Tube journeys up 8% after work-from-home Covid guidance ends

·2 min read
<span>Photograph: Guy Bell/Rex/Shutterstock</span>
Photograph: Guy Bell/Rex/Shutterstock

There have been signs of a growing return to office working in London, with 8% more journeys recorded on the London underground network compared with a week ago.

The increase came after the government ended work-from-home guidance immediately on Wednesday afternoon, with Sajid Javid claiming the Omicron coronavirus variant was “in retreat”, despite the number of new infections running at more than 100,000 a day.

Transport for London said 1.09m entry and exit “taps” with contactless cards or Oyster were recorded up to 10am on Thursday on the tube – about 80,000 more than last Thursday’s morning peak. Bus journeys were up 3% week on week, with 1.19m boarding taps recorded this morning.

Related: Sajid Javid’s axing of all Covid restrictions draws warnings from NHS

There had already been signs of growing weekday journeys in London throughout the month, with total tube journeys throughout Wednesday up 4% week-on-week – despite the partial closure of the Bank branch of the Northern Line, a vital commuter line serving the City. A four-month closure to complete the upgrade of Bank underground station started on Sunday.

Bus journeys were likewise up 2% on Wednesday.

No data was yet available from railways, although anecdotally operators said they had not seen significant signs of an uplift.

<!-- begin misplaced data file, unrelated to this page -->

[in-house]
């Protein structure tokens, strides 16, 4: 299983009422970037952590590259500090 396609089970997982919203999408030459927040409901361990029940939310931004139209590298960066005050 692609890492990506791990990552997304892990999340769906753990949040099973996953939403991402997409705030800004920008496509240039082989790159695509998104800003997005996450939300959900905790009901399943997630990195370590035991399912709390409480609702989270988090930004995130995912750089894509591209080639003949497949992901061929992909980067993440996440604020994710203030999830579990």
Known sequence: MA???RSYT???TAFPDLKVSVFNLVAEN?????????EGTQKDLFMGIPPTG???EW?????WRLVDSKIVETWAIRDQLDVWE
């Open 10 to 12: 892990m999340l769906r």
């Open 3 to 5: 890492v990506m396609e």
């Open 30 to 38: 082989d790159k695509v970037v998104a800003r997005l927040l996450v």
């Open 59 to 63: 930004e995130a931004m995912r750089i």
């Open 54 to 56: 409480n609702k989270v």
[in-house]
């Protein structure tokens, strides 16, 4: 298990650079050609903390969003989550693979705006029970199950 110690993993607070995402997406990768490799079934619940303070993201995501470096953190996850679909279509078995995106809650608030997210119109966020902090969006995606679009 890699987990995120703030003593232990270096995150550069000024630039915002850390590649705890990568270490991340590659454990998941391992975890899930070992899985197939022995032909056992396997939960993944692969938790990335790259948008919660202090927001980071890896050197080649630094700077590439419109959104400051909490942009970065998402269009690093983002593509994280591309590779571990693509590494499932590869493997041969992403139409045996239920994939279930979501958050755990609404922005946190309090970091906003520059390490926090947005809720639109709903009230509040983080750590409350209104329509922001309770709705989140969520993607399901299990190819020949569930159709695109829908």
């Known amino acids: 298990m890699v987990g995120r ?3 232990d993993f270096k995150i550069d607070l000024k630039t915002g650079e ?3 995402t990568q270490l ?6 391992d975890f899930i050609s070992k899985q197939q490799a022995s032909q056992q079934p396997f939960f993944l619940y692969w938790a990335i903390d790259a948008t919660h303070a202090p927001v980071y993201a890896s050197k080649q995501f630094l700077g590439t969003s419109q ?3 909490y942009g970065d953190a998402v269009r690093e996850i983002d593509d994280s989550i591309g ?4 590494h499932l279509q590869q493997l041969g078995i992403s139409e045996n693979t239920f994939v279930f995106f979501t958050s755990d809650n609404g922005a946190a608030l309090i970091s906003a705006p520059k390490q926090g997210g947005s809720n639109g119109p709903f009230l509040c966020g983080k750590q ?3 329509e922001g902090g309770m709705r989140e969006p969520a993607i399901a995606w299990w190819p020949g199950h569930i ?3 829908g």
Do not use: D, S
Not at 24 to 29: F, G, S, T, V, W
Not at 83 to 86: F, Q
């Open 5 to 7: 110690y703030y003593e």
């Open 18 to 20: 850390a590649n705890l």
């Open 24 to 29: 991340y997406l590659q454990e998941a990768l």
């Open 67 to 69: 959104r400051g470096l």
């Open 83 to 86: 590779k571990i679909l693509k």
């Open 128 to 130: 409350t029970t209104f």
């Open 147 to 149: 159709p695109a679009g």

Trains in particular were hit hard by the reimposition of work-from-home guidance in December, in response to the spread of the Omicron variant.

Journey numbers had reached 70% of pre-pandemic levels in November, but fell to below 40% in January, with services affected by staff absences as well as people working from home. Latest provisional numbers showed just over 50% of passengers on trains overall, at the start of this week.

The ending of work-from-home guidance will be followed next week by the lifting of rules making face masks mandatory on public transport from next Thursday.

The change was welcomed by the Rail Delivery Group, with some in the industry saying the Covid regulations deterred passengers by implying trains were less safe than other environments.

Nevertheless, user groups said removing masks would make many passengers feel less safe. Transport for London will continue to make face coverings a condition of carriage.

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